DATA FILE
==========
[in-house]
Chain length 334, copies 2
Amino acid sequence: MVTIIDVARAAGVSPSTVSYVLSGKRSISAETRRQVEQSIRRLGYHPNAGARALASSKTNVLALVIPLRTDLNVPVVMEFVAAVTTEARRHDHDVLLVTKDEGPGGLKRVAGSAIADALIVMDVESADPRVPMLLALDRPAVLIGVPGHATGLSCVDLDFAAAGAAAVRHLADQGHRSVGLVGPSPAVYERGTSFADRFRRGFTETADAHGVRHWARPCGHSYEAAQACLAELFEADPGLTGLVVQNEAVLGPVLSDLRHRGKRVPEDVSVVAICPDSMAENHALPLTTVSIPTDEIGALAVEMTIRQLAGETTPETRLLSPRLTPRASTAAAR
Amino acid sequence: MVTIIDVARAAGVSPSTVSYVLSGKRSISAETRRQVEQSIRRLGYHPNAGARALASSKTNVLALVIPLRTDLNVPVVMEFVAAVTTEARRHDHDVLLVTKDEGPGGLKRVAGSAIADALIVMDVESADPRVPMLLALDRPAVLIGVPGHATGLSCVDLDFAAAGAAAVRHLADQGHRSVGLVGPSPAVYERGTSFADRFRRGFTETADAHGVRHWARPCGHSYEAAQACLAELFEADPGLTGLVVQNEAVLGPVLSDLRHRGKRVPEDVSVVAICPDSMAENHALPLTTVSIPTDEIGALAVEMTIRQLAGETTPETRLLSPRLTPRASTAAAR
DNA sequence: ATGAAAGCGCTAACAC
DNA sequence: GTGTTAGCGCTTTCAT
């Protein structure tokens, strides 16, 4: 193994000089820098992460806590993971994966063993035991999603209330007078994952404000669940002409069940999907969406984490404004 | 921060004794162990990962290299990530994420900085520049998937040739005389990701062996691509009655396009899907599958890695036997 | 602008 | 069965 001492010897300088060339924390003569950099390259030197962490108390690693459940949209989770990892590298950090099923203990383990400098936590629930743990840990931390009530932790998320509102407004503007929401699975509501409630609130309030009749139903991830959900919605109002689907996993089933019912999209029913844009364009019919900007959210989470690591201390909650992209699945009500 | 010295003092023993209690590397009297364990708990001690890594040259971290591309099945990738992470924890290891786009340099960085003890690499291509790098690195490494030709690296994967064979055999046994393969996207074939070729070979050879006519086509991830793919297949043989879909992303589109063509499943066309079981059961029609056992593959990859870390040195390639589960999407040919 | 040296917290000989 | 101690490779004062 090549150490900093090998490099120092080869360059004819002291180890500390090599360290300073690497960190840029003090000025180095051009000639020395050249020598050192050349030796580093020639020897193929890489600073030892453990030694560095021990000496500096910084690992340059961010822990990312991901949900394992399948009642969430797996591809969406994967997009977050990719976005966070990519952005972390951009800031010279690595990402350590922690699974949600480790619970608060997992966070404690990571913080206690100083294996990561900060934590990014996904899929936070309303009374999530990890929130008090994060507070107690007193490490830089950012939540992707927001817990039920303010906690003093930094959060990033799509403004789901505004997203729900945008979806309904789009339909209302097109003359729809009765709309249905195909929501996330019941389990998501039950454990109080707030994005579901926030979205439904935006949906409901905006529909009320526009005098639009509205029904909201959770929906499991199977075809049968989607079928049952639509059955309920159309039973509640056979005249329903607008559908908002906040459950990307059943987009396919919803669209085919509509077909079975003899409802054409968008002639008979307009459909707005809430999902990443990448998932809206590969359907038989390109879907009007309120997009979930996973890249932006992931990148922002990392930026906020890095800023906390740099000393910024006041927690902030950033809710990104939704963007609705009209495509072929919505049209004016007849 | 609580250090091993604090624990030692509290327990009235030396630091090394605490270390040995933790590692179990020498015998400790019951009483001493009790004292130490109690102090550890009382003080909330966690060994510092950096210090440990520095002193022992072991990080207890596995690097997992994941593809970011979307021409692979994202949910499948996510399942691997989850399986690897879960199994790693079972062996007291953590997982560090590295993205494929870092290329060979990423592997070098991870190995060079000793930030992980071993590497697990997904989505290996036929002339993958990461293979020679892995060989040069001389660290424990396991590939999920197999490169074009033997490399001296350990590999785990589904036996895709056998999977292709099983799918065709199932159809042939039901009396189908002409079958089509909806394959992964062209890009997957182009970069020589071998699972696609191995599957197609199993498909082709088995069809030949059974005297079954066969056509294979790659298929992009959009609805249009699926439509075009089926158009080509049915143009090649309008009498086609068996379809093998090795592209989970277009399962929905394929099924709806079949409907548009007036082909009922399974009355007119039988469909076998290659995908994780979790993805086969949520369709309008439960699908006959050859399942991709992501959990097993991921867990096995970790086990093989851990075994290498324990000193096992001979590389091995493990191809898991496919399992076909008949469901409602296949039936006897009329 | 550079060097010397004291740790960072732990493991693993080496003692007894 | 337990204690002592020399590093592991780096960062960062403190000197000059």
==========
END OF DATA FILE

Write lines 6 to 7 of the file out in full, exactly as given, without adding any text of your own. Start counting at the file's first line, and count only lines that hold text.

DNA sequence: GTGTTAGCGCTTTCAT
């Protein structure tokens, strides 16, 4: 193994000089820098992460806590993971994966063993035991999603209330007078994952404000669940002409069940999907969406984490404004 | 921060004794162990990962290299990530994420900085520049998937040739005389990701062996691509009655396009899907599958890695036997 | 602008 | 069965 001492010897300088060339924390003569950099390259030197962490108390690693459940949209989770990892590298950090099923203990383990400098936590629930743990840990931390009530932790998320509102407004503007929401699975509501409630609130309030009749139903991830959900919605109002689907996993089933019912999209029913844009364009019919900007959210989470690591201390909650992209699945009500 | 010295003092023993209690590397009297364990708990001690890594040259971290591309099945990738992470924890290891786009340099960085003890690499291509790098690195490494030709690296994967064979055999046994393969996207074939070729070979050879006519086509991830793919297949043989879909992303589109063509499943066309079981059961029609056992593959990859870390040195390639589960999407040919 | 040296917290000989 | 101690490779004062 090549150490900093090998490099120092080869360059004819002291180890500390090599360290300073690497960190840029003090000025180095051009000639020395050249020598050192050349030796580093020639020897193929890489600073030892453990030694560095021990000496500096910084690992340059961010822990990312991901949900394992399948009642969430797996591809969406994967997009977050990719976005966070990519952005972390951009800031010279690595990402350590922690699974949600480790619970608060997992966070404690990571913080206690100083294996990561900060934590990014996904899929936070309303009374999530990890929130008090994060507070107690007193490490830089950012939540992707927001817990039920303010906690003093930094959060990033799509403004789901505004997203729900945008979806309904789009339909209302097109003359729809009765709309249905195909929501996330019941389990998501039950454990109080707030994005579901926030979205439904935006949906409901905006529909009320526009005098639009509205029904909201959770929906499991199977075809049968989607079928049952639509059955309920159309039973509640056979005249329903607008559908908002906040459950990307059943987009396919919803669209085919509509077909079975003899409802054409968008002639008979307009459909707005809430999902990443990448998932809206590969359907038989390109879907009007309120997009979930996973890249932006992931990148922002990392930026906020890095800023906390740099000393910024006041927690902030950033809710990104939704963007609705009209495509072929919505049209004016007849 | 609580250090091993604090624990030692509290327990009235030396630091090394605490270390040995933790590692179990020498015998400790019951009483001493009790004292130490109690102090550890009382003080909330966690060994510092950096210090440990520095002193022992072991990080207890596995690097997992994941593809970011979307021409692979994202949910499948996510399942691997989850399986690897879960199994790693079972062996007291953590997982560090590295993205494929870092290329060979990423592997070098991870190995060079000793930030992980071993590497697990997904989505290996036929002339993958990461293979020679892995060989040069001389660290424990396991590939999920197999490169074009033997490399001296350990590999785990589904036996895709056998999977292709099983799918065709199932159809042939039901009396189908002409079958089509909806394959992964062209890009997957182009970069020589071998699972696609191995599957197609199993498909082709088995069809030949059974005297079954066969056509294979790659298929992009959009609805249009699926439509075009089926158009080509049915143009090649309008009498086609068996379809093998090795592209989970277009399962929905394929099924709806079949409907548009007036082909009922399974009355007119039988469909076998290659995908994780979790993805086969949520369709309008439960699908006959050859399942991709992501959990097993991921867990096995970790086990093989851990075994290498324990000193096992001979590389091995493990191809898991496919399992076909008949469901409602296949039936006897009329 | 550079060097010397004291740790960072732990493991693993080496003692007894 | 337990204690002592020399590093592991780096960062960062403190000197000059």